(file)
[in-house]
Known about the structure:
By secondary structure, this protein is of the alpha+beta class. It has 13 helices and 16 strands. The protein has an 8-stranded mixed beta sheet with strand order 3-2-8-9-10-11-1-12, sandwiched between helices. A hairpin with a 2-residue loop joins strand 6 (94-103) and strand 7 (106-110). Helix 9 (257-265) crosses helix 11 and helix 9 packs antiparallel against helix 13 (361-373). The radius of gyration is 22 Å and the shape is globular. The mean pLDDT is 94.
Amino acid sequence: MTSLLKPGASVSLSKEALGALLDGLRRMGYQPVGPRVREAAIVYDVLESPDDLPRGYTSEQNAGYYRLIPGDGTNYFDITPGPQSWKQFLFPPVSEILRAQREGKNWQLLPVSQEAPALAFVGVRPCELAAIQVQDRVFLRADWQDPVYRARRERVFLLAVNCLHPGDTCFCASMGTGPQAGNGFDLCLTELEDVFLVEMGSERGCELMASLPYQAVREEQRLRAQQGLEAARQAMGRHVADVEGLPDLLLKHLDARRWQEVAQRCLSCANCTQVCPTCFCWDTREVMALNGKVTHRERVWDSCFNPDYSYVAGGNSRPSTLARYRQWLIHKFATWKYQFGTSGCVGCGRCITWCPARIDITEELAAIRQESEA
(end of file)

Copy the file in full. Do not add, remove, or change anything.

[in-house]
Known about the structure:
By secondary structure, this protein is of the alpha+beta class. It has 13 helices and 16 strands. The protein has an 8-stranded mixed beta sheet with strand order 3-2-8-9-10-11-1-12, sandwiched between helices. A hairpin with a 2-residue loop joins strand 6 (94-103) and strand 7 (106-110). Helix 9 (257-265) crosses helix 11 and helix 9 packs antiparallel against helix 13 (361-373). The radius of gyration is 22 Å and the shape is globular. The mean pLDDT is 94.
Amino acid sequence: MTSLLKPGASVSLSKEALGALLDGLRRMGYQPVGPRVREAAIVYDVLESPDDLPRGYTSEQNAGYYRLIPGDGTNYFDITPGPQSWKQFLFPPVSEILRAQREGKNWQLLPVSQEAPALAFVGVRPCELAAIQVQDRVFLRADWQDPVYRARRERVFLLAVNCLHPGDTCFCASMGTGPQAGNGFDLCLTELEDVFLVEMGSERGCELMASLPYQAVREEQRLRAQQGLEAARQAMGRHVADVEGLPDLLLKHLDARRWQEVAQRCLSCANCTQVCPTCFCWDTREVMALNGKVTHRERVWDSCFNPDYSYVAGGNSRPSTLARYRQWLIHKFATWKYQFGTSGCVGCGRCITWCPARIDITEELAAIRQESEA